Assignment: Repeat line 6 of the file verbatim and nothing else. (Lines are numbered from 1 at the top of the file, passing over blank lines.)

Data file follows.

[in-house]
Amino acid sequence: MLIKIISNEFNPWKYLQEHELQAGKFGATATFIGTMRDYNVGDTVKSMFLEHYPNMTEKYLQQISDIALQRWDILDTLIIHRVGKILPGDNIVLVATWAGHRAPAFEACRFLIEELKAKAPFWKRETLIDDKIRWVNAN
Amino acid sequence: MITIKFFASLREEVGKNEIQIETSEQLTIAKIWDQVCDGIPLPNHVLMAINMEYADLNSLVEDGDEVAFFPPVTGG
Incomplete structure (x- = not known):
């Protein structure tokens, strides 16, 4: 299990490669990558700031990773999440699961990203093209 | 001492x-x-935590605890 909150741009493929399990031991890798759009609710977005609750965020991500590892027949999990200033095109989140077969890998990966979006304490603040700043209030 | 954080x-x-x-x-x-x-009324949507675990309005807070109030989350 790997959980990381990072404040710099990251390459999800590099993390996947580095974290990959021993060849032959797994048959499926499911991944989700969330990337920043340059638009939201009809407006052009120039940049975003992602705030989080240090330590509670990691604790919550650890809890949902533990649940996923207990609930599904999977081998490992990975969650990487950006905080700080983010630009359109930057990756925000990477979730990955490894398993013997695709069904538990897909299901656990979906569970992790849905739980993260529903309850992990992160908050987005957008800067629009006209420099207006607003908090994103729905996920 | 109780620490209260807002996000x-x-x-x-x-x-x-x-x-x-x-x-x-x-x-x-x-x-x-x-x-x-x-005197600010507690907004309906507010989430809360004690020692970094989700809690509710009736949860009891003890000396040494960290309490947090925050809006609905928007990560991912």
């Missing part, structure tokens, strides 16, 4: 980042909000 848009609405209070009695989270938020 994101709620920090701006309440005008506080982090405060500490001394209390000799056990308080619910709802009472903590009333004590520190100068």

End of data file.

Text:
């Missing part, structure tokens, strides 16, 4: 980042909000 848009609405209070009695989270938020 994101709620920090701006309440005008506080982090405060500490001394209390000799056990308080619910709802009472903590009333004590520190100068």